David R. Jones (137830)
David R. Jones Credit: Contributed

The Clean Slate Act ensures that stale criminal records do not continue to haunt individuals when they have successfully returned to their communities for years. However, opponents would have you believe the bill would harm public safety. 

Nothing could be further from the truth. 

As this year’s state budget process winds to an end, supporters of Clean Slate are pressing Albany lawmakers to rise above the fearmongering that typically comes with most efforts to introduce progressive criminal justice reforms and act – through the budget process or before the current legislative session ends in June – to pass automatic records sealing legislation.  

A 2020 Brennan Center report estimated the annual and lifetime earning loss of people with criminal records. Those with a felony or misdemeanor conviction earn between 22 percent and 16 percent less each year than their peers, adding up to nearly $100,000 over a lifetime. For those who were incarcerated after conviction, however, the effect is a staggering 52 percent loss in annual earnings and over $480,000 in a lifetime. 

Contrast that with a recent study published in the Harvard Law Review which found large improvements in average employment rates and wages for people who had their records cleared with legislation similar to the Clean Slate Act. After a year, they earned an average of more than $4,400 per year in wages, according to the study. This would not eliminate the effect of incarceration on wages, but it would mitigate the racial wage gap perpetuated by the twin forces of generational poverty and mass incarceration.

The Clean Slate Act works because it automatically hides convictions from private employers and landlords after a certain amount of time, but not at the expense of public safety: It doesn’t apply to all jobs, and people only earn Clean Slate sealing by being crime-free for several years in the community. 

Clean Slate maintains protections for vulnerable people and sensitive occupations. Convictions will still be visible for such jobs—anywhere a background check is required or permitted or that restricts hiring people with criminal records. So those convictions will follow people who wish to work in a school or with financial information. And records will never be sealed to law enforcement or for sex offenses.

Clean Slate seals misdemeanors after three years and felonies after seven, but that time does not start running until after conviction or release from incarceration—whichever is later. So individuals do not earn Clean Slate sealing by simply serving their time. They have to serve their time plus remain crime-free in their neighborhoods for several years.

Clean Slate recognizes that a person who hasn’t gotten into trouble for seven years—and for many years while in prison before that—should not be stigmatized by a criminal conviction when they apply for basic jobs and housing. And the three- and seven-year waiting periods are based on decades of criminology research demonstrating that the passage of time is the most reliable predicter of whether someone with a criminal record will commit a new crime.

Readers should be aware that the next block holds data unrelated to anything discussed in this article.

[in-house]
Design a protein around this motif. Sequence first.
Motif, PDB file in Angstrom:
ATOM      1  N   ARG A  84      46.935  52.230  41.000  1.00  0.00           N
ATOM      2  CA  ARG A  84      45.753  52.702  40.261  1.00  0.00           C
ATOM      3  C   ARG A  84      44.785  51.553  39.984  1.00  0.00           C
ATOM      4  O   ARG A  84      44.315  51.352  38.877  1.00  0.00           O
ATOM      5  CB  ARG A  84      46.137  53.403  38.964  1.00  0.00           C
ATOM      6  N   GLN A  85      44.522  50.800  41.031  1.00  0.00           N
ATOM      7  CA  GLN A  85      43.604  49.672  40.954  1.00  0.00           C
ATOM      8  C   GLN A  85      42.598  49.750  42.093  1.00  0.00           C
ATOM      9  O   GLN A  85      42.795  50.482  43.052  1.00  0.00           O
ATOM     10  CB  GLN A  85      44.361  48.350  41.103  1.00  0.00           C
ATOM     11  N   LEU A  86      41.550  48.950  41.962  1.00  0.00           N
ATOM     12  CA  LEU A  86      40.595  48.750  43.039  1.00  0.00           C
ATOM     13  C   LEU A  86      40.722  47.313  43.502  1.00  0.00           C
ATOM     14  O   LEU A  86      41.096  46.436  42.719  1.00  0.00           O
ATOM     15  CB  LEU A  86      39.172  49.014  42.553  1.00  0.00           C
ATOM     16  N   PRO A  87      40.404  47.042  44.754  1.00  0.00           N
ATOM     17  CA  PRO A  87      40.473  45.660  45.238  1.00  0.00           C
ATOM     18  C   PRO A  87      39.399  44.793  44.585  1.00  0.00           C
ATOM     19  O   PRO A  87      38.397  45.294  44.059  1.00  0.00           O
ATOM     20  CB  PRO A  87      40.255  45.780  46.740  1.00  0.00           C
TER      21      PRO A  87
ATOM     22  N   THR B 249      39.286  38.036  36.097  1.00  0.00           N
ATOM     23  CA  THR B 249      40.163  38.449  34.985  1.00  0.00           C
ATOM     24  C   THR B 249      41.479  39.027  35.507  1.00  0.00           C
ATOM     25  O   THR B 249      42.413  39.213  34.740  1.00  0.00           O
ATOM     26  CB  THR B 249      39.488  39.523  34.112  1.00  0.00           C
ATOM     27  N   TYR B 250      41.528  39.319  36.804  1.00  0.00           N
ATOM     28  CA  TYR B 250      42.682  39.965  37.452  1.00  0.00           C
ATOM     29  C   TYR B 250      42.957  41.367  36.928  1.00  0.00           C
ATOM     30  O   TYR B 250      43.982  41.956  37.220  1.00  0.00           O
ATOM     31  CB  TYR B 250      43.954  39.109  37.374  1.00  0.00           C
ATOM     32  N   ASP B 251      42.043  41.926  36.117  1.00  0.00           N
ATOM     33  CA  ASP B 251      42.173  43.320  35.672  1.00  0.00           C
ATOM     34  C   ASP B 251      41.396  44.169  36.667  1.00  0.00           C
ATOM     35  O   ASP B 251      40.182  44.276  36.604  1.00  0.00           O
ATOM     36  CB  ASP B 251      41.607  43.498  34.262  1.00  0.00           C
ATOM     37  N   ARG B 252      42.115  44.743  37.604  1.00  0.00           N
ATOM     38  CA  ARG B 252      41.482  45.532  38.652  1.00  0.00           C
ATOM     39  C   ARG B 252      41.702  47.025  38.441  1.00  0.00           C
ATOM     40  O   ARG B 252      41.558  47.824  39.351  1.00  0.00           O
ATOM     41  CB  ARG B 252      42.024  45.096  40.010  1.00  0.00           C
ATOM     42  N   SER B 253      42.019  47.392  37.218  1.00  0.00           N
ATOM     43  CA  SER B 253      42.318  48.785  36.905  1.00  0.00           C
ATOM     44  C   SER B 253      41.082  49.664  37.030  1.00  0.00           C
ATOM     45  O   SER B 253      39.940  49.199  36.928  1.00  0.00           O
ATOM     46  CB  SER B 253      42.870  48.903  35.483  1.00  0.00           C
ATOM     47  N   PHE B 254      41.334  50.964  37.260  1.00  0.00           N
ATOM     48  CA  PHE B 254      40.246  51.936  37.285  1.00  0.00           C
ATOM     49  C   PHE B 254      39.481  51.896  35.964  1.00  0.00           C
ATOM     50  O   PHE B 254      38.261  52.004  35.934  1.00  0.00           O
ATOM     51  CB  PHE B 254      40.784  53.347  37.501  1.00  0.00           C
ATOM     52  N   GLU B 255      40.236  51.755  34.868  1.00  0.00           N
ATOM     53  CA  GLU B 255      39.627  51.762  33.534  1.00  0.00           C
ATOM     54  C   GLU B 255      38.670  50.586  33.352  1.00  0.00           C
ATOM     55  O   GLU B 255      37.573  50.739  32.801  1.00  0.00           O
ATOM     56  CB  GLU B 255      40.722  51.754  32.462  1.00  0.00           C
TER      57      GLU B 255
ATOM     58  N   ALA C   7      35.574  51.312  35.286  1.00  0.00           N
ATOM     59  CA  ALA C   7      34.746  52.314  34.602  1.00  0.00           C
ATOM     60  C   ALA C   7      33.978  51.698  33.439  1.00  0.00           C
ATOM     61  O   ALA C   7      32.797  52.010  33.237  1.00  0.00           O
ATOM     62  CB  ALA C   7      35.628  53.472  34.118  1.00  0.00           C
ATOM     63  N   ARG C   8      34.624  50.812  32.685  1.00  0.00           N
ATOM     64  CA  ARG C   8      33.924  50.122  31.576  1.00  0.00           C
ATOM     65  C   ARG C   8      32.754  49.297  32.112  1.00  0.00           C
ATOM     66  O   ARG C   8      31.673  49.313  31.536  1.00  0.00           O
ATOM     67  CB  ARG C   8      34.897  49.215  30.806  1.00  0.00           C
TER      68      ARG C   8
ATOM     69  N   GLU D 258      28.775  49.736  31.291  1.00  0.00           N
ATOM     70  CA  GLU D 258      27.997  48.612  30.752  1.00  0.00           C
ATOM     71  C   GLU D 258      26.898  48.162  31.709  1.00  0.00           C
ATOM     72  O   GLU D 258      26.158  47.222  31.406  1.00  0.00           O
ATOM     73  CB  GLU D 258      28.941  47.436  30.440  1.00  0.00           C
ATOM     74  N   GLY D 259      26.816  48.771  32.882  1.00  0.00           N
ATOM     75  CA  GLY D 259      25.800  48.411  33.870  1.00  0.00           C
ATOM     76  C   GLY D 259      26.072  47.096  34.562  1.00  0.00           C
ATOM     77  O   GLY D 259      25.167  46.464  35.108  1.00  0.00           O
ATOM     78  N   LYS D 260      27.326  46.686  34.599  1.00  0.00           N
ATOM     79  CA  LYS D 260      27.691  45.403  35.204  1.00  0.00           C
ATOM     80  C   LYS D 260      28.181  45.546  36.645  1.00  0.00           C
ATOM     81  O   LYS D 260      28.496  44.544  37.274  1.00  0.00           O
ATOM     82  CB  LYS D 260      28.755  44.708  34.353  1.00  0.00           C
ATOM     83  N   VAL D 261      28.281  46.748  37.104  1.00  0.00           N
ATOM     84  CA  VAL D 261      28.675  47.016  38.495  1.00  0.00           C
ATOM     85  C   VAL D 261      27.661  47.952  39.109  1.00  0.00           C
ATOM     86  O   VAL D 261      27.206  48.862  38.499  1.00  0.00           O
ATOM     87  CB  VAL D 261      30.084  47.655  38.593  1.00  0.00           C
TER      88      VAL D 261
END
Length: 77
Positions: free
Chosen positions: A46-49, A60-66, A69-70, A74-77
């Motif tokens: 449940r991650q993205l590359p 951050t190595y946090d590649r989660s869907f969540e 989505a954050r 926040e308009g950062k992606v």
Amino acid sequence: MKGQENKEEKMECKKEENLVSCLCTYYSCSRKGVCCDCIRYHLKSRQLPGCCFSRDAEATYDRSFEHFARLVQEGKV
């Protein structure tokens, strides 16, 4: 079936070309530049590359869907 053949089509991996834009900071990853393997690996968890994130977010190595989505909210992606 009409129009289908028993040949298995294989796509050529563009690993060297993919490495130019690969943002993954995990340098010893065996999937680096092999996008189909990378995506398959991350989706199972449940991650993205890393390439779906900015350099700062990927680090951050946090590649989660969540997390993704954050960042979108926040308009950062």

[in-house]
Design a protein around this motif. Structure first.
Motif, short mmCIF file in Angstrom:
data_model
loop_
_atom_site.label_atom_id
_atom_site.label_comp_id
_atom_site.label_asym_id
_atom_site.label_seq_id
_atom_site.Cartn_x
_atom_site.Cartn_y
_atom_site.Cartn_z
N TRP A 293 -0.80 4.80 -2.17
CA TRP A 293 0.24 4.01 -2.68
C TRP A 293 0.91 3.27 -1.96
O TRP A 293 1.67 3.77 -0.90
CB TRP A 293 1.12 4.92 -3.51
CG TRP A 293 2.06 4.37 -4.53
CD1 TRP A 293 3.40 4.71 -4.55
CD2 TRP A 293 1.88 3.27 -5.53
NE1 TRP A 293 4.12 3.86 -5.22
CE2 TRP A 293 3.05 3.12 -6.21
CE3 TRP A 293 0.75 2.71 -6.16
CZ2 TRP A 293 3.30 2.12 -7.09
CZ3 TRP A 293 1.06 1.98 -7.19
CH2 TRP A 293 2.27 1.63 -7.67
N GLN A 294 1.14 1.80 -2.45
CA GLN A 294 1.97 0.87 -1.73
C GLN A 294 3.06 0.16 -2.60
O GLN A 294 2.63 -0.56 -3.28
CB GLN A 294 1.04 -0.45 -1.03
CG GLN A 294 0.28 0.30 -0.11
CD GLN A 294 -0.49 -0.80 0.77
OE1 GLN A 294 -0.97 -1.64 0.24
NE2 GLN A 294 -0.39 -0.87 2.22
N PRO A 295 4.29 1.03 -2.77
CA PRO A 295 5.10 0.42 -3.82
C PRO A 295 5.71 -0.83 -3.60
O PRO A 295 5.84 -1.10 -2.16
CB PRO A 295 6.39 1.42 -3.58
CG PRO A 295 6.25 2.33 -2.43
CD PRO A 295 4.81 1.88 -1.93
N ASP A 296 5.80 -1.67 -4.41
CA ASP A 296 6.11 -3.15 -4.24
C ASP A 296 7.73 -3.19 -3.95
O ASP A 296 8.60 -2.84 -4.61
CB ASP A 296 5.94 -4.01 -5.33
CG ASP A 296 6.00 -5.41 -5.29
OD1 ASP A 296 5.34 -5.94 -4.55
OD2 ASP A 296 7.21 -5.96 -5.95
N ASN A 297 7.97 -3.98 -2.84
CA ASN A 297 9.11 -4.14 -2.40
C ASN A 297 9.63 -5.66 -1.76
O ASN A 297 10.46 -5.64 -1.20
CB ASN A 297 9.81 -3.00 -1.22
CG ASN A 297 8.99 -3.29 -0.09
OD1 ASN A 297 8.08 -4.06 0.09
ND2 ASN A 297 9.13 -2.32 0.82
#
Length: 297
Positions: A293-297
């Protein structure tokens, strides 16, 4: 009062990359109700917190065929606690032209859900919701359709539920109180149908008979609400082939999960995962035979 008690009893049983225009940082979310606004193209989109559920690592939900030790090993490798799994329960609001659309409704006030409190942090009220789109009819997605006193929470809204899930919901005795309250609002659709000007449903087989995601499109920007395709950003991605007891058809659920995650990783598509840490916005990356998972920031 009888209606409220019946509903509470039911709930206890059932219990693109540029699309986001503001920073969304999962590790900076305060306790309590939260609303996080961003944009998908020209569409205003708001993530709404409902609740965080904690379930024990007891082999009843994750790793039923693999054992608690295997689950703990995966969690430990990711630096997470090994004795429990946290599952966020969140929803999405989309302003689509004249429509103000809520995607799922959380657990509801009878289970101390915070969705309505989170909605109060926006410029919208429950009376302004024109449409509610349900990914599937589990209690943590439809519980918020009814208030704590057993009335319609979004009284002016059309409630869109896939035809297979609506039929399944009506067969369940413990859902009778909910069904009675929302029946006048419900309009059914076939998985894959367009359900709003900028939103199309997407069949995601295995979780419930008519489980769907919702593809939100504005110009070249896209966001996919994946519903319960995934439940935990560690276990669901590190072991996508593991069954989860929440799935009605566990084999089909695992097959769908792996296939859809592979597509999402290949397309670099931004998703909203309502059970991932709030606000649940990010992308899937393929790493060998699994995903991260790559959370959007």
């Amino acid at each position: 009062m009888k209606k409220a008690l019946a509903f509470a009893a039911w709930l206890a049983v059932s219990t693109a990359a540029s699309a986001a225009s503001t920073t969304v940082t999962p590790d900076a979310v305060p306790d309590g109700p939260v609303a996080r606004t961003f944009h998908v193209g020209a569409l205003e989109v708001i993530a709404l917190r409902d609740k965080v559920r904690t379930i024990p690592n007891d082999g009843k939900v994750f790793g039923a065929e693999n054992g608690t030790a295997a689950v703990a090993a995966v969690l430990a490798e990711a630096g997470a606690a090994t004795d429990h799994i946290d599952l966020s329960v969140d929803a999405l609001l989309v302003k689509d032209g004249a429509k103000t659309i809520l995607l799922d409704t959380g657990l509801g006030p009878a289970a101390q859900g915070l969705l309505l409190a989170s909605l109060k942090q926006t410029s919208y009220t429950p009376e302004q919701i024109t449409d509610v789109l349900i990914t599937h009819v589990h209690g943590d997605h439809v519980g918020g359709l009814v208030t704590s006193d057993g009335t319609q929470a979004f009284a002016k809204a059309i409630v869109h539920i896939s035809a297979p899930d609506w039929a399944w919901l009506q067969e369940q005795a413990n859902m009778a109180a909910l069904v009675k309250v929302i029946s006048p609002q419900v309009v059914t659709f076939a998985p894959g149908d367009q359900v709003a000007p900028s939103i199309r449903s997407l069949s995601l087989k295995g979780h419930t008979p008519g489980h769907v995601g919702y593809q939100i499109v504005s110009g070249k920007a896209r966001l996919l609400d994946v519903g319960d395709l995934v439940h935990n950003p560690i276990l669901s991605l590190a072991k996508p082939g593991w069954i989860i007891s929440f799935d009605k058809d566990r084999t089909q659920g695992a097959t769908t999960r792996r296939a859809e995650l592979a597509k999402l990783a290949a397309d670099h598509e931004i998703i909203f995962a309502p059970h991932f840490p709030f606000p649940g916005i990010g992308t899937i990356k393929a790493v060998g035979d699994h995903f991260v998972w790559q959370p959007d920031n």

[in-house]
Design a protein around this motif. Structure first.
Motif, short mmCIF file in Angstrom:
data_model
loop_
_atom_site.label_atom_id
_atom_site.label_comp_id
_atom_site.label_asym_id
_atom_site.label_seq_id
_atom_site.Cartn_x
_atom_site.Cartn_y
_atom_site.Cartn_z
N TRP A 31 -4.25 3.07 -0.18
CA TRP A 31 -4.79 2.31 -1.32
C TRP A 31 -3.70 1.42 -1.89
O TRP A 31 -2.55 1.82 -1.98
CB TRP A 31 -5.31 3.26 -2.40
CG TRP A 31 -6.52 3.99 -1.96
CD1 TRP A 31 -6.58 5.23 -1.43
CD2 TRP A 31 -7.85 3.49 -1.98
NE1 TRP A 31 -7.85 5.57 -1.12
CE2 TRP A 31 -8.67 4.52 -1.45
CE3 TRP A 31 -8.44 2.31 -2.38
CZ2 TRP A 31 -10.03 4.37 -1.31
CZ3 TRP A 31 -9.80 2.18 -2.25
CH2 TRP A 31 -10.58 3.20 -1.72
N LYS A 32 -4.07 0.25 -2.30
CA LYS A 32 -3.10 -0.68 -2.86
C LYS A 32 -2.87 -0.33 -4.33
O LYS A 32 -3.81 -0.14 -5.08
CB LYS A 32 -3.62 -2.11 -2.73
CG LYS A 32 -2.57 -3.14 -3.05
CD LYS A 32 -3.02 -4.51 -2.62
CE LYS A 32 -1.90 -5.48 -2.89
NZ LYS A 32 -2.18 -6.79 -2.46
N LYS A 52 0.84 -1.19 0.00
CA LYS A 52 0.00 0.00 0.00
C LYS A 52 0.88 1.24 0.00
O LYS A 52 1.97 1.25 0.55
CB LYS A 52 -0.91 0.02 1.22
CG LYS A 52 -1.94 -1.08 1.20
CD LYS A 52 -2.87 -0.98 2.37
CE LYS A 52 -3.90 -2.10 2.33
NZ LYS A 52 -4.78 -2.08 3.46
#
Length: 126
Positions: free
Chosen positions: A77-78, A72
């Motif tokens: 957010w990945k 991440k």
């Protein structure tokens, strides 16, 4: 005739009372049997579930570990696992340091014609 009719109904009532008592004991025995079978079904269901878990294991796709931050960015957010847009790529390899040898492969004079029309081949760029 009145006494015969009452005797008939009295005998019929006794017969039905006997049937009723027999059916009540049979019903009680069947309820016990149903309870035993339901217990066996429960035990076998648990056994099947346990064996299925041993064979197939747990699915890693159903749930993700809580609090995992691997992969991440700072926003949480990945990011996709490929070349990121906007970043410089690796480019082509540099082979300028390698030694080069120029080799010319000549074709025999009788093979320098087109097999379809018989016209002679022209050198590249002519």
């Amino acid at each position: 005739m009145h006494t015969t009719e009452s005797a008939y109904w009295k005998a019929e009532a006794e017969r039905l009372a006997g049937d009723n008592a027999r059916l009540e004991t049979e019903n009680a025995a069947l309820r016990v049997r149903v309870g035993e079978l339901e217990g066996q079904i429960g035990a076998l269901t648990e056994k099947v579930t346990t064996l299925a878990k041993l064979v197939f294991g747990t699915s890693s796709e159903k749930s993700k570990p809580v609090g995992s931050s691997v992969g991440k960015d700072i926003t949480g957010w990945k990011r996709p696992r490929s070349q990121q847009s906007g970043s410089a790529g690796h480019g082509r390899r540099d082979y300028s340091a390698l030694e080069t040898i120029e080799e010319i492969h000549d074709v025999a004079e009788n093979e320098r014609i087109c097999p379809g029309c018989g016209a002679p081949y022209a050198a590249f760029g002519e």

Employers, of course, want their employees and customers to be safe as well. They don’t want to hire someone who would be a risk. But an employer can only be liable for what it knows, or should know, about, and it can’t know about sealed cases, so Clean Slate reduces negligent hiring liability for employers. And that’s in line with existing barriers to lawsuits against employers who hire people with criminal records, along with longstanding state policy promoting their employment. 

That’s why Clean Slate has a broad coalition of support, from large employers and business associations to unions to faith groups to social services organizations. Businesses need workers. Unions want more members. Faith groups want justice. And social services agencies want their client’s accomplishments to lead to real stability—as should we all. People should be rewarded for turning away from crime and contributing to their communities. 

We cannot ignore the fact that the criminal punishment system has historically treated Black and Latino New Yorkers differently than their white counterparts, with harmful consequences for their ability to participate in our economy and community as a whole. But we can take progressive steps to restore fairness to the system. A majority in the State Senate support the bill (S.211/A.1029), as do 68 Assemblymembers. This is the year to pass this common-sense bill. 

David R. Jones, Esq., is President and CEO of the Community Service Society of New York (CSS), the leading voice on behalf of low-income New Yorkers for more than 175 years. The views expressed in this column are solely those of the writer. The Urban Agenda is available on CSS’s website: www.cssny.org.

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